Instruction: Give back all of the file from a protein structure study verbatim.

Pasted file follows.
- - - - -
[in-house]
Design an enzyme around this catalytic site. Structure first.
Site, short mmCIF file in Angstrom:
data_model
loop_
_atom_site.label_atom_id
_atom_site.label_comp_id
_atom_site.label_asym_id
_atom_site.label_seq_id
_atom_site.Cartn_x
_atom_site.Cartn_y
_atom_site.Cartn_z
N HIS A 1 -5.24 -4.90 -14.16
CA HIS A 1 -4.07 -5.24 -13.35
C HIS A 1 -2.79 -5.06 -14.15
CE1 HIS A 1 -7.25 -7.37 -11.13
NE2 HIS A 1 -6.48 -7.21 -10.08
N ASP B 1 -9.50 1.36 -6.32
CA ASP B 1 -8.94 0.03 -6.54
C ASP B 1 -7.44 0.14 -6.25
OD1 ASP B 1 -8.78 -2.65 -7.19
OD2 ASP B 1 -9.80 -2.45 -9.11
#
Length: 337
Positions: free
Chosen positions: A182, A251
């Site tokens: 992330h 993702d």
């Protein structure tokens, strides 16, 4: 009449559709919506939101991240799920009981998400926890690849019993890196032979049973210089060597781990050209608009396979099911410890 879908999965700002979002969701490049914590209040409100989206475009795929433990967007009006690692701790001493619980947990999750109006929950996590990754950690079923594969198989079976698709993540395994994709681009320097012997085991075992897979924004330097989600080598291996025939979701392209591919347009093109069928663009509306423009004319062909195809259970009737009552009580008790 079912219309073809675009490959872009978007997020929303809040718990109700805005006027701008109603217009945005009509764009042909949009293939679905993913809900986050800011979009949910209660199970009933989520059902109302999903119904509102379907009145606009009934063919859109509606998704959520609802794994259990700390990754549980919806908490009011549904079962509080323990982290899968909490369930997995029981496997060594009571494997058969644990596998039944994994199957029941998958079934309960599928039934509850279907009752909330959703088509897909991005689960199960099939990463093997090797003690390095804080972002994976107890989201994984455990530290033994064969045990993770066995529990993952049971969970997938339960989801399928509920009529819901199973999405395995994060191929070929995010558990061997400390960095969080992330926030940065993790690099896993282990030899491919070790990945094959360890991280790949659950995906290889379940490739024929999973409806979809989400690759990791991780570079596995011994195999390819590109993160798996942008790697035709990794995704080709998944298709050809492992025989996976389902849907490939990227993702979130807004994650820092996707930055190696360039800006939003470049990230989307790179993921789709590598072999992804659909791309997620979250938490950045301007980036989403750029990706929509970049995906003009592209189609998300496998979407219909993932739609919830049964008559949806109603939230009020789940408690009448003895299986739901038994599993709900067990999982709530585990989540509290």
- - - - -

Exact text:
[in-house]
Design an enzyme around this catalytic site. Structure first.
Site, short mmCIF file in Angstrom:
data_model
loop_
_atom_site.label_atom_id
_atom_site.label_comp_id
_atom_site.label_asym_id
_atom_site.label_seq_id
_atom_site.Cartn_x
_atom_site.Cartn_y
_atom_site.Cartn_z
N HIS A 1 -5.24 -4.90 -14.16
CA HIS A 1 -4.07 -5.24 -13.35
C HIS A 1 -2.79 -5.06 -14.15
CE1 HIS A 1 -7.25 -7.37 -11.13
NE2 HIS A 1 -6.48 -7.21 -10.08
N ASP B 1 -9.50 1.36 -6.32
CA ASP B 1 -8.94 0.03 -6.54
C ASP B 1 -7.44 0.14 -6.25
OD1 ASP B 1 -8.78 -2.65 -7.19
OD2 ASP B 1 -9.80 -2.45 -9.11
#
Length: 337
Positions: free
Chosen positions: A182, A251
């Site tokens: 992330h 993702d």
């Protein structure tokens, strides 16, 4: 009449559709919506939101991240799920009981998400926890690849019993890196032979049973210089060597781990050209608009396979099911410890 879908999965700002979002969701490049914590209040409100989206475009795929433990967007009006690692701790001493619980947990999750109006929950996590990754950690079923594969198989079976698709993540395994994709681009320097012997085991075992897979924004330097989600080598291996025939979701392209591919347009093109069928663009509306423009004319062909195809259970009737009552009580008790 079912219309073809675009490959872009978007997020929303809040718990109700805005006027701008109603217009945005009509764009042909949009293939679905993913809900986050800011979009949910209660199970009933989520059902109302999903119904509102379907009145606009009934063919859109509606998704959520609802794994259990700390990754549980919806908490009011549904079962509080323990982290899968909490369930997995029981496997060594009571494997058969644990596998039944994994199957029941998958079934309960599928039934509850279907009752909330959703088509897909991005689960199960099939990463093997090797003690390095804080972002994976107890989201994984455990530290033994064969045990993770066995529990993952049971969970997938339960989801399928509920009529819901199973999405395995994060191929070929995010558990061997400390960095969080992330926030940065993790690099896993282990030899491919070790990945094959360890991280790949659950995906290889379940490739024929999973409806979809989400690759990791991780570079596995011994195999390819590109993160798996942008790697035709990794995704080709998944298709050809492992025989996976389902849907490939990227993702979130807004994650820092996707930055190696360039800006939003470049990230989307790179993921789709590598072999992804659909791309997620979250938490950045301007980036989403750029990706929509970049995906003009592209189609998300496998979407219909993932739609919830049964008559949806109603939230009020789940408690009448003895299986739901038994599993709900067990999982709530585990989540509290």